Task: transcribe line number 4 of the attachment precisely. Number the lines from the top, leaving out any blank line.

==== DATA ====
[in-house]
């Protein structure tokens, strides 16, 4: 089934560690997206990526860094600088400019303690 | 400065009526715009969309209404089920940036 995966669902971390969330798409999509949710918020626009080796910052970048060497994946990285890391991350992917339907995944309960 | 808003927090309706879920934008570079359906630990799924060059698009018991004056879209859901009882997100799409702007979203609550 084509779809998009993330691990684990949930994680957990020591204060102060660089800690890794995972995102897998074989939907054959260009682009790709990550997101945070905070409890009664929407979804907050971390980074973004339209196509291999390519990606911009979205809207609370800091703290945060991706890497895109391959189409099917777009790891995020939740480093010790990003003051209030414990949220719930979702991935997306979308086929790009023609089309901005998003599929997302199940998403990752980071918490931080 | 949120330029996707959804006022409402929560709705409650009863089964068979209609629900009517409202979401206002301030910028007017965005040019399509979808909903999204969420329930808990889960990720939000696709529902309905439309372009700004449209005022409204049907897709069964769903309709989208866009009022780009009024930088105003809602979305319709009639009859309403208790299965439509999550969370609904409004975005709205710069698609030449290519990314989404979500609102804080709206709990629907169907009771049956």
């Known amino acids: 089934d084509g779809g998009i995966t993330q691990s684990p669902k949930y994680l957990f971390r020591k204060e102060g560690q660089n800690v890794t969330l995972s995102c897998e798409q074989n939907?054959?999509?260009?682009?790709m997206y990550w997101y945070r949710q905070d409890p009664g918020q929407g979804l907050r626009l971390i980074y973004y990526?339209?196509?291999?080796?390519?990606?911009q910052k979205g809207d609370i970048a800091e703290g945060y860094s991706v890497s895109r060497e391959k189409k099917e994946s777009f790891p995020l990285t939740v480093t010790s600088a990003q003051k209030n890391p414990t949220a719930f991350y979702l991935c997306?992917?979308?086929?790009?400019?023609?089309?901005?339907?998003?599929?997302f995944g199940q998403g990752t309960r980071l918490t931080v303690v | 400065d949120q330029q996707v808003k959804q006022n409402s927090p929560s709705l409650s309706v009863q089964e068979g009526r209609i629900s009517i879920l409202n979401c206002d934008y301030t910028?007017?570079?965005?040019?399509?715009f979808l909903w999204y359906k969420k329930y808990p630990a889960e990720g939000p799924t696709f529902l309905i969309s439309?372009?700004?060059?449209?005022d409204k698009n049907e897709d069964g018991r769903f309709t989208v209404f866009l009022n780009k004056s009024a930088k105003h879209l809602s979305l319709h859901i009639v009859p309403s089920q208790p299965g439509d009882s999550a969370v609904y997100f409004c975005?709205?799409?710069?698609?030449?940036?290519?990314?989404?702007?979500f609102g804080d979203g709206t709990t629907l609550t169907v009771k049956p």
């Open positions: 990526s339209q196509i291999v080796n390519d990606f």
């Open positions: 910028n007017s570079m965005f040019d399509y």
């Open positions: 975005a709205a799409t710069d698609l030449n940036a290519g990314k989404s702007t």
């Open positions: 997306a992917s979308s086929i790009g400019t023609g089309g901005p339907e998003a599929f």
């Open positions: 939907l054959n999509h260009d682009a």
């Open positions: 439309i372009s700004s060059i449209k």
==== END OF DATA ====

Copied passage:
């Open positions: 990526s339209q196509i291999v080796n390519d990606f």